Remembrance Day has always been a very significant day in my family.
My maternal grandfather, Frank Goddard served as a soldier at Vimy Ridge in World War I.
My father, Edward Parham, was a sailor for the British Navy in World War II and also served in the Korean War twice for the Canadian Navy.
For the last few years on November 11th, my sister, her daughter (my niece), visit our parents and grandparents graves to remember them and thank our father and grandfather for their service so we can live in a peaceful country.
We also thank our mother and grandmother because they stayed at home looking after the children and kept the home ready for their husband’s return from the wars.
Here are a few facts about Remembrance Day:
- It was first observed in 1919 throughout the British Commonwealth. It was originally called “Armistice Day” to commemorate the armistice agreement that ended the First World War on Monday, November 11, 1918, at 11 a.m. — the eleventh hour of the eleventh day of the eleventh month.
- Every year on November 11, Canadians pause in a moment of silence to honour and remember the men and women who have served, and continue to serve Canada during times of war, conflict and peace.
Here are a few facts about The Poppy:
- The poppy is the symbol of Remembrance Day.
- The poppy became widespread in Europe after soils in France and Belgium became rich in lime from debris and rubble from the fighting during the First World War. These little red flowers also flourished around the gravesites of the war dead.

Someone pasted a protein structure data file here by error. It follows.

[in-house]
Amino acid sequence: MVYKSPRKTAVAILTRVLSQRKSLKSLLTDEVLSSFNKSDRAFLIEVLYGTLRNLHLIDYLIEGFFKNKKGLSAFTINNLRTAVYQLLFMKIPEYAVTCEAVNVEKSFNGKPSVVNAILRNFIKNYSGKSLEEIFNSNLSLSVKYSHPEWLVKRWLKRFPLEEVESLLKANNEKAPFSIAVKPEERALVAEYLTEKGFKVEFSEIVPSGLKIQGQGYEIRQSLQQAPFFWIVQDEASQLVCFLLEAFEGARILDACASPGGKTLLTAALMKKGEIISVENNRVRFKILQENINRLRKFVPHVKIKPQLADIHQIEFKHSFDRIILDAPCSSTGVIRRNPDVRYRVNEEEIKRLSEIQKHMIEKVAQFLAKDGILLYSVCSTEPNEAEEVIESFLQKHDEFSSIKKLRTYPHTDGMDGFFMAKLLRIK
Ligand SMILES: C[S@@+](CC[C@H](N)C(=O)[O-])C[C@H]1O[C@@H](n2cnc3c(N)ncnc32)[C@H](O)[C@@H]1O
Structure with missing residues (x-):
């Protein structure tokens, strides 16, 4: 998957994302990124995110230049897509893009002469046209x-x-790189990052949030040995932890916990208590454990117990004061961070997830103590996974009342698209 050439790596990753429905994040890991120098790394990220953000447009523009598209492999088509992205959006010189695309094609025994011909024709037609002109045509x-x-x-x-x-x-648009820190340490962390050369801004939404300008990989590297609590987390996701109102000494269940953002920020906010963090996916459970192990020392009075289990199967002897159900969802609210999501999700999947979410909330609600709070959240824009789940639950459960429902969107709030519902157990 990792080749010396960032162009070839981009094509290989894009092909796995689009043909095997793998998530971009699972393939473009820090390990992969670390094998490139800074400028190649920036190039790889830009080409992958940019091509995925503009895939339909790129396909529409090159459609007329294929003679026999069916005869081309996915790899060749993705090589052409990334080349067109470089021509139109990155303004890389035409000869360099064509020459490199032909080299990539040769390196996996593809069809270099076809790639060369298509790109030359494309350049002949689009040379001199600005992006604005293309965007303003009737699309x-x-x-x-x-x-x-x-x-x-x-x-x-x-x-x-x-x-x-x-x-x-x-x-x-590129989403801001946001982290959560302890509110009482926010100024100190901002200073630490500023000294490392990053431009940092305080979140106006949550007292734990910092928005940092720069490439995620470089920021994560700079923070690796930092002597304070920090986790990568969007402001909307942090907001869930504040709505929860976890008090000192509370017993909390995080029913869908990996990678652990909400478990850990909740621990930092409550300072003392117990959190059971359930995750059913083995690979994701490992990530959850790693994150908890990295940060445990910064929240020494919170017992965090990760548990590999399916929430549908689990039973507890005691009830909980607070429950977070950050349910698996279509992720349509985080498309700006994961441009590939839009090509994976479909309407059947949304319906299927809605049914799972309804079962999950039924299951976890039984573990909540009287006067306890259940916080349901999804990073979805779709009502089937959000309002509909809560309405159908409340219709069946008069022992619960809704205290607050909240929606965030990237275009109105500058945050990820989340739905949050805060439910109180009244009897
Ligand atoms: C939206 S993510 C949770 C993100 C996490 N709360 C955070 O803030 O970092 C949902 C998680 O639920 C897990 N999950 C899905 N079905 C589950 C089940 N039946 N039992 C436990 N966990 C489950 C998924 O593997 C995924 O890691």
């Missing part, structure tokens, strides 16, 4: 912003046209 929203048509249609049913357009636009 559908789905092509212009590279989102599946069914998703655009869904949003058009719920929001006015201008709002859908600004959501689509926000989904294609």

- In 1915, John McCrae, a doctor serving with the Canadian Artillery, famously made note of this phenomenon in his poem, In Flanders Fields.
- On Saturday November 9, 1918, two days before the Armistice, Moina Michael was on duty in the reading room where she read John McCrae’s poem. After reading it, Moina made a personal pledge to always wear the red poppy of Flanders Fields as a sign of remembrance and for “keeping the faith with all who died.”
- In 1920, Anna Guérin (the French Poppy Lady) was inspired by Moina Michael’s idea of the poppy as a memorial flower and felt that the scope of the Memorial Poppy could be expanded to help the needy. In 1921, Madame Guérinvisited Canada and convinced the Great War Veterans Association of Canada (predecessor to the Royal Canadian Legion) to adopt the poppy as a symbol of remembrance in aid of fundraising; which it did on July 5th of that year.
- Today, the Poppy Campaign is one of the Royal Canadian Legion’s most important programs. The money raised from donations provides direct assistance for Veterans in financial distress, as well as funding for medical equipment, medical research, home services, long term care facilities and many other purposes.
Let us all remember and be grateful for those brave men and women who served in order for us to live in a peaceful country.